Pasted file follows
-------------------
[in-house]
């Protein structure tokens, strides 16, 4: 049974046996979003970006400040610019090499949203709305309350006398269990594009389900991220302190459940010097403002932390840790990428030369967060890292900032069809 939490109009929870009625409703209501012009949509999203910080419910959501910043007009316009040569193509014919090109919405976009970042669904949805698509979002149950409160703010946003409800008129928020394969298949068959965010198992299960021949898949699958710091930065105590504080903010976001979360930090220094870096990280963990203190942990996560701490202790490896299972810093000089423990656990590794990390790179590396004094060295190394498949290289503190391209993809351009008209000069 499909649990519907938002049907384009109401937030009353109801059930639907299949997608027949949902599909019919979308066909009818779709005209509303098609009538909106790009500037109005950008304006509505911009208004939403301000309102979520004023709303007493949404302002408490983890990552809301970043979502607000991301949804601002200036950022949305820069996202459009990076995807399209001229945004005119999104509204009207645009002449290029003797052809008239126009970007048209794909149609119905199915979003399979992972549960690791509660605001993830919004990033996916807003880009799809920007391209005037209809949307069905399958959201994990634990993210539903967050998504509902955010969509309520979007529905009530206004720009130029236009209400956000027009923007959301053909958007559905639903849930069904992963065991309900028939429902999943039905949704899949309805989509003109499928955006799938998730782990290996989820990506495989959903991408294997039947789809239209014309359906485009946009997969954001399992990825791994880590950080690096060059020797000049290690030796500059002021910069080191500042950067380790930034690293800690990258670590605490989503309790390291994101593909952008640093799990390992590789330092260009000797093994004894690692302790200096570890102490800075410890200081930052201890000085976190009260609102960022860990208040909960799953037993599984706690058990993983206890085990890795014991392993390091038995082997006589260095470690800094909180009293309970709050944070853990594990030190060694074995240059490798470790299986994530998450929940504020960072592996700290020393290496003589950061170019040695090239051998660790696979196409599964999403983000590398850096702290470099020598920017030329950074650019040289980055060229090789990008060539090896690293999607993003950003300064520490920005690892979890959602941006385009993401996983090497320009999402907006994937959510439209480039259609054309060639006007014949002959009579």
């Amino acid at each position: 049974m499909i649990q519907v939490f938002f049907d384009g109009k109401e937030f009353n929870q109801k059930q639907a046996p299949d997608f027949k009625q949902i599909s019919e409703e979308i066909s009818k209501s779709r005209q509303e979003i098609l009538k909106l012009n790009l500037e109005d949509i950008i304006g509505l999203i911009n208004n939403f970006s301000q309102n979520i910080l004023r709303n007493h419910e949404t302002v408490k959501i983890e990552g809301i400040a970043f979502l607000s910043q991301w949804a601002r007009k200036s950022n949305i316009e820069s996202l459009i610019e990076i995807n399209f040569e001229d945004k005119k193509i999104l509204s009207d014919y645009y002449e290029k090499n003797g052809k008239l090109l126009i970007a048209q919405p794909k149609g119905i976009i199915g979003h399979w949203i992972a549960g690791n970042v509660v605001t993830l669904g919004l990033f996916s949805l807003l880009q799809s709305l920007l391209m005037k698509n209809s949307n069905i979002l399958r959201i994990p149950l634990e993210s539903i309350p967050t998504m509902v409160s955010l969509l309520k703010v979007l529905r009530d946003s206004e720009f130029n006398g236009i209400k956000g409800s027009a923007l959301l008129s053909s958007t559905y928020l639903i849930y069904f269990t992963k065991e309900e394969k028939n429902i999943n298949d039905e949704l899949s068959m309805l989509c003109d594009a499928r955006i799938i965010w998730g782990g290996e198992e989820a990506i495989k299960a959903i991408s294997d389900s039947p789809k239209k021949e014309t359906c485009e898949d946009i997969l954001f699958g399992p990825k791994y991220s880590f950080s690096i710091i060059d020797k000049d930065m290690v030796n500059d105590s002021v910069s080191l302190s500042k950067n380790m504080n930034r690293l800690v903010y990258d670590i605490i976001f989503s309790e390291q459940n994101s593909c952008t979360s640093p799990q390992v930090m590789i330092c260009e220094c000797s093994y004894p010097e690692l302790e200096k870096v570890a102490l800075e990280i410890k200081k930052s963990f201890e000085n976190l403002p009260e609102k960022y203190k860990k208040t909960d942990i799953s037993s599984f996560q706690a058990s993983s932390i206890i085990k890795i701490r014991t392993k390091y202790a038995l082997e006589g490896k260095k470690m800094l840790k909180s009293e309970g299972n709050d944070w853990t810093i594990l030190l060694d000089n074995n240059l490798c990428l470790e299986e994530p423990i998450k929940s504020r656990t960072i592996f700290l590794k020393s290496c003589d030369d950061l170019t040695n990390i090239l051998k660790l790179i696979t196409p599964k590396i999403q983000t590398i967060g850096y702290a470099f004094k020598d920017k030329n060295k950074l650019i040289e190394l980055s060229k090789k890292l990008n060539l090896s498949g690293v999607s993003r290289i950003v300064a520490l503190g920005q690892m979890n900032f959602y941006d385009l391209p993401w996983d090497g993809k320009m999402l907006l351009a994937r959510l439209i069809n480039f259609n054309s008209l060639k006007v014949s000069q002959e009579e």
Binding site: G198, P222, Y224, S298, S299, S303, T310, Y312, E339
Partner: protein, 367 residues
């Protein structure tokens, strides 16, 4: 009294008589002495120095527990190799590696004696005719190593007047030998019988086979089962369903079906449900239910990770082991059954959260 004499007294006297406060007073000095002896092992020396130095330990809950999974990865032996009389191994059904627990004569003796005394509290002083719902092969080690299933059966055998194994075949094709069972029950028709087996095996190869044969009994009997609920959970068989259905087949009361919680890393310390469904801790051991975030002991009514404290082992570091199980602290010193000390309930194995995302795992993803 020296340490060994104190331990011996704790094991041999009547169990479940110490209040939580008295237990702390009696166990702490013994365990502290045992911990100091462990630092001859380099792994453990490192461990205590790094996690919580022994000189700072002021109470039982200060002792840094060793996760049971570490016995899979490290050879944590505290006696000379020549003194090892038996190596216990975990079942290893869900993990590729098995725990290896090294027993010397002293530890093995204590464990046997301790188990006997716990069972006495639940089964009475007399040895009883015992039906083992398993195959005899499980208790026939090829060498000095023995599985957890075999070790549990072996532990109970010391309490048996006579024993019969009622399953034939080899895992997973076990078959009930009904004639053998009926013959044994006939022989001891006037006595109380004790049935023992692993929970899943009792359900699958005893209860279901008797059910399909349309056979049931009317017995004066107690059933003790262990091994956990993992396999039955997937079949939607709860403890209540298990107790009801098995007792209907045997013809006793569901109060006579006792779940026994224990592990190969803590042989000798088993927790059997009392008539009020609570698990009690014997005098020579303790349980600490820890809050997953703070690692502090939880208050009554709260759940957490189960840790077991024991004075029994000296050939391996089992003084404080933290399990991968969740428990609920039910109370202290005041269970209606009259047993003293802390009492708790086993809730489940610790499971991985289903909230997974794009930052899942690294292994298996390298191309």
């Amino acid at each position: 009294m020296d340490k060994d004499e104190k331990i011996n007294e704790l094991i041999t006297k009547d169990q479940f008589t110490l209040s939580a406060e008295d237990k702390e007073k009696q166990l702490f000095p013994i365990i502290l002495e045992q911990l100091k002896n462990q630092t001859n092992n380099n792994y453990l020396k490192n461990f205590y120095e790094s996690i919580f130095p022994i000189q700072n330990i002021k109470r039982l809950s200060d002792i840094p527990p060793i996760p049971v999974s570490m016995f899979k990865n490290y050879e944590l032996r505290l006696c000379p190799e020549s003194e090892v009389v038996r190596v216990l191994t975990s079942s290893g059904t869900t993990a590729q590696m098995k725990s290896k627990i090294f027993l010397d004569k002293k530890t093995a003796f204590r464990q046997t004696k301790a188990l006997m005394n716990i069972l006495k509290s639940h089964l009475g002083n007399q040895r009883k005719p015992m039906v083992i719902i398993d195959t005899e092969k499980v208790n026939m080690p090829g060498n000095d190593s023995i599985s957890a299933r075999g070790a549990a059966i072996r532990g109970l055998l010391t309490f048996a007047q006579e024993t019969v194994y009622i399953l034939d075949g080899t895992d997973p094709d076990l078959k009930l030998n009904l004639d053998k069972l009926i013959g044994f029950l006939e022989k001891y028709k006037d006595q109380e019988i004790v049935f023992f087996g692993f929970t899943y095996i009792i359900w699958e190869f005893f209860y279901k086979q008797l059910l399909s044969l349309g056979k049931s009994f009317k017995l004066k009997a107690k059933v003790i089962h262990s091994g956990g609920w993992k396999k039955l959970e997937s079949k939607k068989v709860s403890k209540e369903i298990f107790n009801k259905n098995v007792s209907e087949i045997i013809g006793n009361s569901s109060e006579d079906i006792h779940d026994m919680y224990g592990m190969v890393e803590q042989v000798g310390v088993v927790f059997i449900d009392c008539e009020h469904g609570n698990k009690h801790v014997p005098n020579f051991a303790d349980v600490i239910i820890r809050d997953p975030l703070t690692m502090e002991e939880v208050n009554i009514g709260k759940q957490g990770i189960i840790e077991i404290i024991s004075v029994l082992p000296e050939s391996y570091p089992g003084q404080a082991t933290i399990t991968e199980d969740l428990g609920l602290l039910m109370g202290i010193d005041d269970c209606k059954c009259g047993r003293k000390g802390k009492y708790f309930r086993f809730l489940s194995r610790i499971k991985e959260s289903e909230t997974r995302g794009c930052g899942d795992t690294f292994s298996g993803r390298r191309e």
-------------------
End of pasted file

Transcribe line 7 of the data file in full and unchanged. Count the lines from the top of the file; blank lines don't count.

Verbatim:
């Amino acid at each position: 009294m020296d340490k060994d004499e104190k331990i011996n007294e704790l094991i041999t006297k009547d169990q479940f008589t110490l209040s939580a406060e008295d237990k702390e007073k009696q166990l702490f000095p013994i365990i502290l002495e045992q911990l100091k002896n462990q630092t001859n092992n380099n792994y453990l020396k490192n461990f205590y120095e790094s996690i919580f130095p022994i000189q700072n330990i002021k109470r039982l809950s200060d002792i840094p527990p060793i996760p049971v999974s570490m016995f899979k990865n490290y050879e944590l032996r505290l006696c000379p190799e020549s003194e090892v009389v038996r190596v216990l191994t975990s079942s290893g059904t869900t993990a590729q590696m098995k725990s290896k627990i090294f027993l010397d004569k002293k530890t093995a003796f204590r464990q046997t004696k301790a188990l006997m005394n716990i069972l006495k509290s639940h089964l009475g002083n007399q040895r009883k005719p015992m039906v083992i719902i398993d195959t005899e092969k499980v208790n026939m080690p090829g060498n000095d190593s023995i599985s957890a299933r075999g070790a549990a059966i072996r532990g109970l055998l010391t309490f048996a007047q006579e024993t019969v194994y009622i399953l034939d075949g080899t895992d997973p094709d076990l078959k009930l030998n009904l004639d053998k069972l009926i013959g044994f029950l006939e022989k001891y028709k006037d006595q109380e019988i004790v049935f023992f087996g692993f929970t899943y095996i009792i359900w699958e190869f005893f209860y279901k086979q008797l059910l399909s044969l349309g056979k049931s009994f009317k017995l004066k009997a107690k059933v003790i089962h262990s091994g956990g609920w993992k396999k039955l959970e997937s079949k939607k068989v709860s403890k209540e369903i298990f107790n009801k259905n098995v007792s209907e087949i045997i013809g006793n009361s569901s109060e006579d079906i006792h779940d026994m919680y224990g592990m190969v890393e803590q042989v000798g310390v088993v927790f059997i449900d009392c008539e009020h469904g609570n698990k009690h801790v014997p005098n020579f051991a303790d349980v600490i239910i820890r809050d997953p975030l703070t690692m502090e002991e939880v208050n009554i009514g709260k759940q957490g990770i189960i840790e077991i404290i024991s004075v029994l082992p000296e050939s391996y570091p089992g003084q404080a082991t933290i399990t991968e199980d969740l428990g609920l602290l039910m109370g202290i010193d005041d269970c209606k059954c009259g047993r003293k000390g802390k009492y708790f309930r086993f809730l489940s194995r610790i499971k991985e959260s289903e909230t997974r995302g794009c930052g899942d795992t690294f292994s298996g993803r390298r191309e």